6) Treetops Smith Signature--No need for “Quiet Please” signs out there. It’s almost too quiet on the back nine of this course. I could hear all my negative thoughts loud and clear as I navigated the 523-yard 10th hole (I made a 7). The 11th hole is a narrow swing shortening 163-yard piece of perfection. (Pictured below)
5) Pronghorn Nicklaus--The overwhelming thought I had about both Pronghorn courses is that if there’s such a thing as too nice, Pronghorn achieved it. The greens roll so true and look so green I had to reach down and touch them to make sure they were real. The Nicklaus has just been opened to the public. Sort of. If you stay, you can play. I played it from 6,533 yards (Rust tees). The 15th and 16th holes, back-to-back par 5s, are more classic Jack. They’re short enough to reach in two but too hard to realistically pull it off. I made a 4 on 15, a 7 on 16.
4) Black Forest--Here’s a huge win for the little guy. Black Forest is one of Tom Doak’s first designs. It’s cheap ($45), it’s a little rough around the edges (dirt cart paths) but it’s big and beautiful and builds from start to finish. With five par 5s and four par 3s, it’s a par 73. Doak admitted at dinner the night before I played it that if he had to do it all over again he probably wouldn’t have made it so hard, but that just means you shouldn’t hesitate to move up a set of tees. I played a combination of the blue tees (6,688 yards) and the white tees (6,097 yards) for 6,529 yards of great golf course. You can’t believe you paid so little to get so much. I’d say the 10th hole is like playing in a tight tunnel, but you’d have more room to miss a shot in the tunnel.
3) Arcadia Bluffs--I’m still not sure who designed it. I had some people tell me Rick Smith. Others said Warren Henderson. The scorecard I’m looking at gives credit to both. If they were standing in front of me right now I’d do the same. I caught Arcadia Bluffs on a day with no wind, the rough was cut down and there wasn’t a lot of play out there. It’s so good and I had so much fun I went around twice. From the staff to the sandwiches, Arcadia Bluffs is in the top 10 public courses in the country for a reason. (The 431-yard 12th hole is pictured below.)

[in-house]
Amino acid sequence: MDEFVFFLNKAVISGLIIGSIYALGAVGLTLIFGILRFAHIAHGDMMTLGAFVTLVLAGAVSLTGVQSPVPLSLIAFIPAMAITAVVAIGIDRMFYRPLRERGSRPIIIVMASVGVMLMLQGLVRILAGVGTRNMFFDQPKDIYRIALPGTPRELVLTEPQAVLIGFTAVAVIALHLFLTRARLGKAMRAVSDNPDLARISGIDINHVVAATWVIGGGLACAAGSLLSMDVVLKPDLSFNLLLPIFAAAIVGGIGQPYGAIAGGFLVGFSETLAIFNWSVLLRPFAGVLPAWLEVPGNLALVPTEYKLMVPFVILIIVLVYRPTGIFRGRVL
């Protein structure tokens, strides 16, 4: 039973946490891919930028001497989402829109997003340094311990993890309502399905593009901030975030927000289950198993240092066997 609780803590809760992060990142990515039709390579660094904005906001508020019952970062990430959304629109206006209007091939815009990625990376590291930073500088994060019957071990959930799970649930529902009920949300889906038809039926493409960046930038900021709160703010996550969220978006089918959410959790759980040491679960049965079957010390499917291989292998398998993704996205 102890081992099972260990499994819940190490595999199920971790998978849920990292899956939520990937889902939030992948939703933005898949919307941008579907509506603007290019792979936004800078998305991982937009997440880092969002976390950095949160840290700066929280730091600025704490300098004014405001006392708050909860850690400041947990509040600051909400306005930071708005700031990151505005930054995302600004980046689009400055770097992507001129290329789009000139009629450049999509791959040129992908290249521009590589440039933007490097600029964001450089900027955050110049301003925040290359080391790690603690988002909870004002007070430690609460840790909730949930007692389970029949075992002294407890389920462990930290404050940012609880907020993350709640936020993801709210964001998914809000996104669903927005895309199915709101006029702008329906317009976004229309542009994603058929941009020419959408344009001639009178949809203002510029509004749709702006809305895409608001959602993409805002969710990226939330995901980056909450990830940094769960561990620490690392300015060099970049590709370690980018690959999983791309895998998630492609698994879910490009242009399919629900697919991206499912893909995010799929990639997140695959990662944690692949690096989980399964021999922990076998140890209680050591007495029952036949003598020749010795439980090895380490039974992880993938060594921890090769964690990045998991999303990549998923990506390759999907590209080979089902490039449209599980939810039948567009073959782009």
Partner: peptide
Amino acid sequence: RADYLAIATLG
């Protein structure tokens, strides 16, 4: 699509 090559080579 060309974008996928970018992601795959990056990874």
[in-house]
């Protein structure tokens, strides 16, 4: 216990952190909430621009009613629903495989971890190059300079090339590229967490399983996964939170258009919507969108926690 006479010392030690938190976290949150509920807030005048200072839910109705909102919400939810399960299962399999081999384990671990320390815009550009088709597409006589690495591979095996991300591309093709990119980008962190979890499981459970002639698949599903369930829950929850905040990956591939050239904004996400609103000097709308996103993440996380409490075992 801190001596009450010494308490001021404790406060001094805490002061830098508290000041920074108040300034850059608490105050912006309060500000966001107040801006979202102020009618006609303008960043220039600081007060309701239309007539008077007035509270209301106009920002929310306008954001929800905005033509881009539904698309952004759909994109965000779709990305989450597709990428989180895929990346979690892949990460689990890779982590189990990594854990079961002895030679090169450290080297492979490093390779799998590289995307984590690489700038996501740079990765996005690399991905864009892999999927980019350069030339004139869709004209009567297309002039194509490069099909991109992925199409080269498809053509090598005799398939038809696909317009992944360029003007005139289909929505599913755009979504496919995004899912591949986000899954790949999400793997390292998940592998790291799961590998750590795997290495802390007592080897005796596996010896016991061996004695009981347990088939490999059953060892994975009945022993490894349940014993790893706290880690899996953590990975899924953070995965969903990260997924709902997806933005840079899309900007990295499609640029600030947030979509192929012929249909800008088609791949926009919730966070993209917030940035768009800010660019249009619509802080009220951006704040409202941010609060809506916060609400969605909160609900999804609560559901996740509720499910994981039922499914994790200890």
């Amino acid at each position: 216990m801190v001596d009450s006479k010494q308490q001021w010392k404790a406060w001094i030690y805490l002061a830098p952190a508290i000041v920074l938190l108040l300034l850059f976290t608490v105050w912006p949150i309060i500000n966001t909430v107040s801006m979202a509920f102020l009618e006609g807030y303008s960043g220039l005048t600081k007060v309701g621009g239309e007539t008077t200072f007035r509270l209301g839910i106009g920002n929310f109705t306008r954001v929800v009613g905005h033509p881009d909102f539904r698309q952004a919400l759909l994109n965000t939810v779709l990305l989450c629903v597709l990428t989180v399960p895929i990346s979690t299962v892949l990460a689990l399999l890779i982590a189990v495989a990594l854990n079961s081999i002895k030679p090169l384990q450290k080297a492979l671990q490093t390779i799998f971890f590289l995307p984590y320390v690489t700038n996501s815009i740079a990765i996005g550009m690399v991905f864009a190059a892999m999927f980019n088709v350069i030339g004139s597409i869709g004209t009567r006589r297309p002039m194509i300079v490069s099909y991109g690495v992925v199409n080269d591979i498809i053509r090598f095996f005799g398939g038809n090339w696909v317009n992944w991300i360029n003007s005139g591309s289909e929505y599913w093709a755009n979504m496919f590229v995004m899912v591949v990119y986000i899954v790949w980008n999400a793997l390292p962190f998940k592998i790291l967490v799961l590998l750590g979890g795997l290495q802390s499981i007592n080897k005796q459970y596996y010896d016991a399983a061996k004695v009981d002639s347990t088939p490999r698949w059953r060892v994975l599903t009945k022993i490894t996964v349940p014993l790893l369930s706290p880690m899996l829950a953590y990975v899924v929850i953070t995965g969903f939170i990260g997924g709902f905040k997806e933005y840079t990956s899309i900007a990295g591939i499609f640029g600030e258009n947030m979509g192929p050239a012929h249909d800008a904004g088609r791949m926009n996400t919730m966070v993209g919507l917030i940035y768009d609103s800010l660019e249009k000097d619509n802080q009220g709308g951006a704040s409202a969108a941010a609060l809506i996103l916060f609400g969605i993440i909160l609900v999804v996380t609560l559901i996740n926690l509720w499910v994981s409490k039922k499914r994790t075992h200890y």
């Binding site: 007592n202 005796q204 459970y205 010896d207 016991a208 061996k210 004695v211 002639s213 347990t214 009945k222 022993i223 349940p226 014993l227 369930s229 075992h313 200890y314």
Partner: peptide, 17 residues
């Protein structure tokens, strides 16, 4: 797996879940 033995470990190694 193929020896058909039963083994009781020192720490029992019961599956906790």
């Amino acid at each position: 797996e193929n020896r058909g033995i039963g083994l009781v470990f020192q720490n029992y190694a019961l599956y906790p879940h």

2) Tetherow--David McLay Kidd was put on everyone’s radar when he did Bandon Dunes. I might like Tetherow better (and I love Bandon Dunes). It features a big practice facility, a great logo (pictured) and a private looking (and feeling) clubhouse. It was all supposed to be private until the down economy came along. This is a classic case of how this economy has resulted in a little slice of good for the public golfer. And they sold me the best hat of the trip.
1) Forest Dunes--I’ve only played a few Tom Weiskopf courses in my life. I can’t say I know much about his design other than he loves a drivable par 4. Of all the courses I’ve listed here, Forest Dunes made me want to extend my trip, even if it meant that I’d be on my own dime. Not only is it walkable, they encourage it by giving you a discount if you carry your own bag. The backdrop to the 9th hole is one of the cooler clubhouses I’ve seen (pictured below) since I was at the Ocean Course at Kiawah. My colleague, Ron Whitten, once wrote that it’s a cross between Augusta National and Pine Valley. I’d be more specific. I’d say the look of the course is like Pine Valley with a lot of long and scruffy waste areas running along the fairways, and the greens roll as true and as fast as Augusta National. Of all the superintendants on this trip, and there were plenty of good ones, if I started a course tomorrow I'd hire Jim Bluck and his staff.
My perfect 36 would be the combination of the back nines at Black Forest, Arcadia Bluffs, Tetherow and Forest Dunes.
My five favorite holes would be:
5) No. 12 at Arcadia Bluffs (431 yards)
4) No. 10 at Black Forest (519 yards)
3) No. 17 at Tetherow (174 yards)
2) No. 17 at Forest Dunes (278 yards; par 4)
1) No. 11 at Arcadia Bluffs (594 yards)
Of all the cover stories we’ve done over the years telling you how you can get an extra 15 yards, all you have to do is play in Central Oregon. At sea level I hit a seven-iron between155 and 165 yards. Playing in Central Oregon between 3,500 and 4,200 feet of elevation, I flew the 17th green at Tetherow and it’s listed at 174 yards.
So there you have it. That’s my notebook dump. Look for a better presentation and more information in the upcoming issues of the magazine. What did I miss? Why am I crazy? Feel free to let me have it in the comments box. That’s what it’s there for.
(Here's my recent GHIN update with my scores at each course listed above . . .)